“Duende”, “Return to Alleytown”, “Cat Vs Woman”
Writers: Ram V
Artists: Fernando Blanco, John Paul Leon and Juan Ferreyra
Color Artist: FCO Plascencia
Letterer: Tom Napolitano and Ariana Maher
Review by Adam Ray
The 25th issue of a run is always a good time to pull out something special, and Catwoman #25 is no different. The new creative team has shown the character a lot of love, and we’re treated to an immense story in “Duende”, catching us up with how Gotham’s villains are handling their war against the Joker(s).
“Return to Alleytown” is a deeply personal story for Catwoman, which shows us her roots, and her skills. “Cat vs Woman” enters a pantheon alongside “Dream of A Thousand Cats” and “Rage of the Red Lanterns” as one of the best cat based stories in DC history.
The Main Event
Catwoman, Penguin, and The Riddler are perfectly characterised in “Duende”. Their familiarity and mistrust are clear and on display. We see how little they trust each other, and the repartee is perfectly shown. Catwoman’s narrow escape at the story’s climax is wonderfully illustrated, repeated often enough to show her moving quickly and with precision.
Being of part Spanish descent, the “Duende” of the title, symbolising strength, passion and grace – as if the dancer has been possessed by the music and the rhythm (Duende is Spanish for Demon) – was keenly felt. My dad (and DKN editor-in-chief) Steve J. Ray, has been raving about Ram V’s work as a writer for a long time. Now I know why.
Street kids doing what they have to to survive has been a trope since Fagin rounded up children in Oliver Twist. Catwoman was one of those kids, and in all honesty still is. Seeing her care for that community is so rewarding, and such a sincere representation of the character. It’s also great to know how well she knows that world and it’s inhabitants, so well as to not to get swindled by them.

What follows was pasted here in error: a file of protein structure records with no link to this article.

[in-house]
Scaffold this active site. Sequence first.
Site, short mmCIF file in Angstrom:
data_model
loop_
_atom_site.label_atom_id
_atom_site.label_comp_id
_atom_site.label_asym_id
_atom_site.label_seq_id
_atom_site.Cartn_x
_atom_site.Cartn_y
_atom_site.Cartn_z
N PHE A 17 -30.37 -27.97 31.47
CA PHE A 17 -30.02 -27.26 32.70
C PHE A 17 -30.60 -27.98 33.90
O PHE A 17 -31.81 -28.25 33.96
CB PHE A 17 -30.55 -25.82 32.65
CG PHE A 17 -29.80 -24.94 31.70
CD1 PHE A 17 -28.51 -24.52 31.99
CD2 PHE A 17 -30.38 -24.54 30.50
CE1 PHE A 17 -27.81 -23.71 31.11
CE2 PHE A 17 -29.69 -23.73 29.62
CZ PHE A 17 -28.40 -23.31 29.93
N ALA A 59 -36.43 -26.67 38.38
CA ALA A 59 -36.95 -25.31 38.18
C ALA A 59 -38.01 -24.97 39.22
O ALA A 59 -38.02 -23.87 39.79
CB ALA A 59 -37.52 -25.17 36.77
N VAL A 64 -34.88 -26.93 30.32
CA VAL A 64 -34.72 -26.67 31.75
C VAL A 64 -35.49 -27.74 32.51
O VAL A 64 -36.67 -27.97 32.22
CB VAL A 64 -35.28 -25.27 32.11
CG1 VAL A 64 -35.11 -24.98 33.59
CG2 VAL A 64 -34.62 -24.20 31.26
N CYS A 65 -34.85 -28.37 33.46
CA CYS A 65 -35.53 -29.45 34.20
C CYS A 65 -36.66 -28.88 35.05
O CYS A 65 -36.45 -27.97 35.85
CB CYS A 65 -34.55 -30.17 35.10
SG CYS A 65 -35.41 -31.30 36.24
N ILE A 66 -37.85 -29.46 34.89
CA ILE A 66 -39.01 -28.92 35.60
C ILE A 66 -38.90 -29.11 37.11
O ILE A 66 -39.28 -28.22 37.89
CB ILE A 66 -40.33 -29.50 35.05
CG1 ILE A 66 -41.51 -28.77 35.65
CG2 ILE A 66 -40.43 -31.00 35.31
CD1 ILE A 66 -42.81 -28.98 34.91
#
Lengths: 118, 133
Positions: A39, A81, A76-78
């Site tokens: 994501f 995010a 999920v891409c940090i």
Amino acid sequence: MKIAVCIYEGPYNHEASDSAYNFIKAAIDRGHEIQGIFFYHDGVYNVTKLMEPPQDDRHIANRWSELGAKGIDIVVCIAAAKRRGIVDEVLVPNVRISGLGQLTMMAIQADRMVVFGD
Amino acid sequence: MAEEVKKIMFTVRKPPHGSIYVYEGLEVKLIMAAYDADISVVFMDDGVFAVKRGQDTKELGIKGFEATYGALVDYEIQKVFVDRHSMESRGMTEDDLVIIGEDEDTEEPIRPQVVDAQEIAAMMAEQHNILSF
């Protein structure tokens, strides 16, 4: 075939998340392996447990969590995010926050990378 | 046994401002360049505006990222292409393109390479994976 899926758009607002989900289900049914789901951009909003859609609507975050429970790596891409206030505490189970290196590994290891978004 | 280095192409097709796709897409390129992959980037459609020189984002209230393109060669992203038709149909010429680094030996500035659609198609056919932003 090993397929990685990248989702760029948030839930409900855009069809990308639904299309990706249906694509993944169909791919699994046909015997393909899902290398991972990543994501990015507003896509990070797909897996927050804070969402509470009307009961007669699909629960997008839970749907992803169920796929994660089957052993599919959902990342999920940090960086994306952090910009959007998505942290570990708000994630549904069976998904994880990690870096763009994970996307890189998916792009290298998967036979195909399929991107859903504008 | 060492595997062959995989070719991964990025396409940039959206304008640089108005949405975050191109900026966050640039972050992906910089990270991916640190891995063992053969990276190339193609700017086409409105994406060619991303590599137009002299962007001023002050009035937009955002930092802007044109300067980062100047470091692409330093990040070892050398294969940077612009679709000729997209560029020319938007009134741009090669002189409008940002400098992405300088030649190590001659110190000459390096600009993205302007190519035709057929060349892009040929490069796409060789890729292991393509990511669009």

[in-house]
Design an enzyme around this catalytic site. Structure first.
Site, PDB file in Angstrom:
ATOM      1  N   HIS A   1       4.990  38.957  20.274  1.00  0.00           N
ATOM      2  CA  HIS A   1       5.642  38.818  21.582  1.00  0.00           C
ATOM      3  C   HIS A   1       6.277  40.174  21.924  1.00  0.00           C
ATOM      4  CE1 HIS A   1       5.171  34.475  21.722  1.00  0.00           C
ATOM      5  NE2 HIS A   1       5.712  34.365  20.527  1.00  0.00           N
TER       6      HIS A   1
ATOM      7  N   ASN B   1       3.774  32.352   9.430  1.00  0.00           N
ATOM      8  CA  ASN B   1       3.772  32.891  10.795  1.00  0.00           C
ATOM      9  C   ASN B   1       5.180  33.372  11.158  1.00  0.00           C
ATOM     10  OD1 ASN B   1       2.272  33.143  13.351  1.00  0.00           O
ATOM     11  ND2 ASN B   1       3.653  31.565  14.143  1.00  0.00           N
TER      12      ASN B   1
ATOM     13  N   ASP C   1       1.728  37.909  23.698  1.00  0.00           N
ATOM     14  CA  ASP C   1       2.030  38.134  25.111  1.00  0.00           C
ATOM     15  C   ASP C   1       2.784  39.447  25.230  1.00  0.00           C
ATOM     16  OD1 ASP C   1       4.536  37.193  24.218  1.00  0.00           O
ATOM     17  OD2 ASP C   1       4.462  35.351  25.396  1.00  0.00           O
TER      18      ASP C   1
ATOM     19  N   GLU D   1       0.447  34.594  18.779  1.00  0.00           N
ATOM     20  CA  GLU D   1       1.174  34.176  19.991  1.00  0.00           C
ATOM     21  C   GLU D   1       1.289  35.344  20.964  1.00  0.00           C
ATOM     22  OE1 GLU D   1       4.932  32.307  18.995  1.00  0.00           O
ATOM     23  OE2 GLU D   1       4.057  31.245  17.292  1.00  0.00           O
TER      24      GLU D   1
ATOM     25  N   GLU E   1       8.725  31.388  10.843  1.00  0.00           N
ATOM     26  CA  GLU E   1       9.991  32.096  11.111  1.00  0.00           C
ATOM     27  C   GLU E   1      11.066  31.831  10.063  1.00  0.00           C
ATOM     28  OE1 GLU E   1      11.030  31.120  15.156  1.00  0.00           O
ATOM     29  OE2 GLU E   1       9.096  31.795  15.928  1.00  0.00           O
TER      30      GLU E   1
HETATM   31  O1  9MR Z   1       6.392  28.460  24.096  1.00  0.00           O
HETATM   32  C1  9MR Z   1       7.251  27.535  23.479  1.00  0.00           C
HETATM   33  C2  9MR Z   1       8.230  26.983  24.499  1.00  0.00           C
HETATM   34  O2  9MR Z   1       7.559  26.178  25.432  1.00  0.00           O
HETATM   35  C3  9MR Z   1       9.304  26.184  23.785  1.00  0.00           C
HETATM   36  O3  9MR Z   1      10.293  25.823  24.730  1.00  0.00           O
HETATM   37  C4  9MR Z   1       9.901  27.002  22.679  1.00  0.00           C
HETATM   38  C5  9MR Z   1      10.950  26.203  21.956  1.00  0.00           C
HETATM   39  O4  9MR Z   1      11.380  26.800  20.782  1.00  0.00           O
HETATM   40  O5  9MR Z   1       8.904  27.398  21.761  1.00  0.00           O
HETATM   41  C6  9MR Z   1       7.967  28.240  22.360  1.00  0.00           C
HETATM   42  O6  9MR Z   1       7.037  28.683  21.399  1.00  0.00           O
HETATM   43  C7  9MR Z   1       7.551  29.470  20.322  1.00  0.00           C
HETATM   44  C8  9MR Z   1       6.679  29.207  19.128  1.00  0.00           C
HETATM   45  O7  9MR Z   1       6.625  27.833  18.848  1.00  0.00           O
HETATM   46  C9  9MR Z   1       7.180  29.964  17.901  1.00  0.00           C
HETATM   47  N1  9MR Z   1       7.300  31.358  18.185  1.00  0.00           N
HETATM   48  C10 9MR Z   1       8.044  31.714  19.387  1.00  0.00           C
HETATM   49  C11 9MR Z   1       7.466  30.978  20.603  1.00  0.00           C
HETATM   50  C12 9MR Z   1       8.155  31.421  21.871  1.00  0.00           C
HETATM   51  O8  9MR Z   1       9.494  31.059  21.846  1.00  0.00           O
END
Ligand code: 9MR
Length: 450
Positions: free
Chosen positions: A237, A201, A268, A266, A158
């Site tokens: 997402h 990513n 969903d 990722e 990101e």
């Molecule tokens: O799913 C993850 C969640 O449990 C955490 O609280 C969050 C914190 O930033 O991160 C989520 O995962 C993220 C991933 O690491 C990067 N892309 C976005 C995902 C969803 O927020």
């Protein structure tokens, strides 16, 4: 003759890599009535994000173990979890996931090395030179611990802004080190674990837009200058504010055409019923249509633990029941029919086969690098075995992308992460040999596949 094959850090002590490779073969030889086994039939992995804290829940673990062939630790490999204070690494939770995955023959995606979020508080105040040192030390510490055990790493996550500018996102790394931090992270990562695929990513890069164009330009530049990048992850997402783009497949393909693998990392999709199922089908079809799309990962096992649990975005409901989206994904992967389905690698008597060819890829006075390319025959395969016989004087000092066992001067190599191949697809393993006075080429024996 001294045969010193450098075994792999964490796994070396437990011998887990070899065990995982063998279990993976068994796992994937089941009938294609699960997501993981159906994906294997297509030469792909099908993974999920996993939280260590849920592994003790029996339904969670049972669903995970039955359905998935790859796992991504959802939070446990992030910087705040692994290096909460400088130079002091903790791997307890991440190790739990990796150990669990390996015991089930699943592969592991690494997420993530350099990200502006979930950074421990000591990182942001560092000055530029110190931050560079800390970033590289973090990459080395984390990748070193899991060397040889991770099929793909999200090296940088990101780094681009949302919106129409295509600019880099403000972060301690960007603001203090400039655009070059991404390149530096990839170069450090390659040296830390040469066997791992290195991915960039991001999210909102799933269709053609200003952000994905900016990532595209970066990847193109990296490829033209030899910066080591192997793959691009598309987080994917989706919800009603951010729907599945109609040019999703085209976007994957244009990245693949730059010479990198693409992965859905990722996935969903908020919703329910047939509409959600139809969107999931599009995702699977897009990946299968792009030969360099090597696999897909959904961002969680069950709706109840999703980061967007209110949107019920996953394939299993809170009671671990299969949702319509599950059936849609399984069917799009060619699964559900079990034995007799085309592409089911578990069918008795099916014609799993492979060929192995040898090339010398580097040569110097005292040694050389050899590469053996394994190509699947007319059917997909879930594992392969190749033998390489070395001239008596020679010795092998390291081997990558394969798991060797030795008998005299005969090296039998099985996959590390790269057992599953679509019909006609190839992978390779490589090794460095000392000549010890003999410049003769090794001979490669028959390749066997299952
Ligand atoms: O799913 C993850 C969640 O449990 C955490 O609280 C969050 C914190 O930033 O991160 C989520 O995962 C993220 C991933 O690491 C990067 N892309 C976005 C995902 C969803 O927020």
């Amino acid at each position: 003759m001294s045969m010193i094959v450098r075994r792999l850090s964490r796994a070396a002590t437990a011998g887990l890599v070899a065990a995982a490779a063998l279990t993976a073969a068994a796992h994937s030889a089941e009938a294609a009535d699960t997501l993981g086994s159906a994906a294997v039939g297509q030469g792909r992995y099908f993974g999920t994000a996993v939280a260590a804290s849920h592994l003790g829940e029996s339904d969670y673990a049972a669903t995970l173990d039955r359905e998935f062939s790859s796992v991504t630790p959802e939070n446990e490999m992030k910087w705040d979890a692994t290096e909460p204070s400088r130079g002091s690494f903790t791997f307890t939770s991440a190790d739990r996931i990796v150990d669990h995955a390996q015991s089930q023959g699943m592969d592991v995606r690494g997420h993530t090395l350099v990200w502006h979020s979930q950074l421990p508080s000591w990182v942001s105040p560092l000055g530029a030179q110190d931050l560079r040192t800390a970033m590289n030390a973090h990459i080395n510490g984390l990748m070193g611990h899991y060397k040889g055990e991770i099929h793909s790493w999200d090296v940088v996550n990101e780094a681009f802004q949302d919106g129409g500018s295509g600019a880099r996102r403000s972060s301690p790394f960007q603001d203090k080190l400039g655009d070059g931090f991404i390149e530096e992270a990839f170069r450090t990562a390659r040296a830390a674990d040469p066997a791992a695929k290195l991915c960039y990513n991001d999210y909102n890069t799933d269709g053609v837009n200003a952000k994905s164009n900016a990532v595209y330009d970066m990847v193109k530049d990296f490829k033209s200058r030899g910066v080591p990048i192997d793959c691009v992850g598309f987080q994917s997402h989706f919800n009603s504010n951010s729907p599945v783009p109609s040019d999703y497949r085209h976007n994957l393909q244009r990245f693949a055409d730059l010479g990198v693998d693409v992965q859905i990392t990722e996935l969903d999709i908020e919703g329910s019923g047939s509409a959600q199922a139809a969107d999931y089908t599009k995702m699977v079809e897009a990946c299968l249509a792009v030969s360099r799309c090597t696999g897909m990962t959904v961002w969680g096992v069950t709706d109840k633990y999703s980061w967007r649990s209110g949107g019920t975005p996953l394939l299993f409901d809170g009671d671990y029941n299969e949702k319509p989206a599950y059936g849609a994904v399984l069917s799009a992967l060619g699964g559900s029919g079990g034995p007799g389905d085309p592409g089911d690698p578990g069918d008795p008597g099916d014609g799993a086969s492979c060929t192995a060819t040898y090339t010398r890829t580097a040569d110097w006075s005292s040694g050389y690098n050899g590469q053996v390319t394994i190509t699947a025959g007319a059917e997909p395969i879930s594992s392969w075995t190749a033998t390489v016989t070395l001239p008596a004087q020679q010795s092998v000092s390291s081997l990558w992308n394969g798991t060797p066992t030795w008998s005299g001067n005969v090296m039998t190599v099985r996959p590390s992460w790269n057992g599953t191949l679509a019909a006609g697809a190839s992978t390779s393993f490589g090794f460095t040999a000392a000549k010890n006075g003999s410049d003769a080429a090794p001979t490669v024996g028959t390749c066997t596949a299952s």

Cats, by nature, are very territorial. One cat sees another move into Alleytown, and they feel very unsure about their rival. Catwoman is the much bigger person about it, showing that sometimes truly big personalities can coexist.
Catwoman #25 is the strongest issue of the run since Joëlle Jones left the book. The art in this issue, particularly the beautiful washed out watercolor textures seen in “Duende”, is exceptional. In this issue we get to really see Selina as the greatest thief in DC Comics, but one with a kind heart and layered character. This has kept her compelling for 80 years, 25 issues, and much, much more.
Who wouldn’t love to read about a character like this?
Images Courtesy of DC Entertainment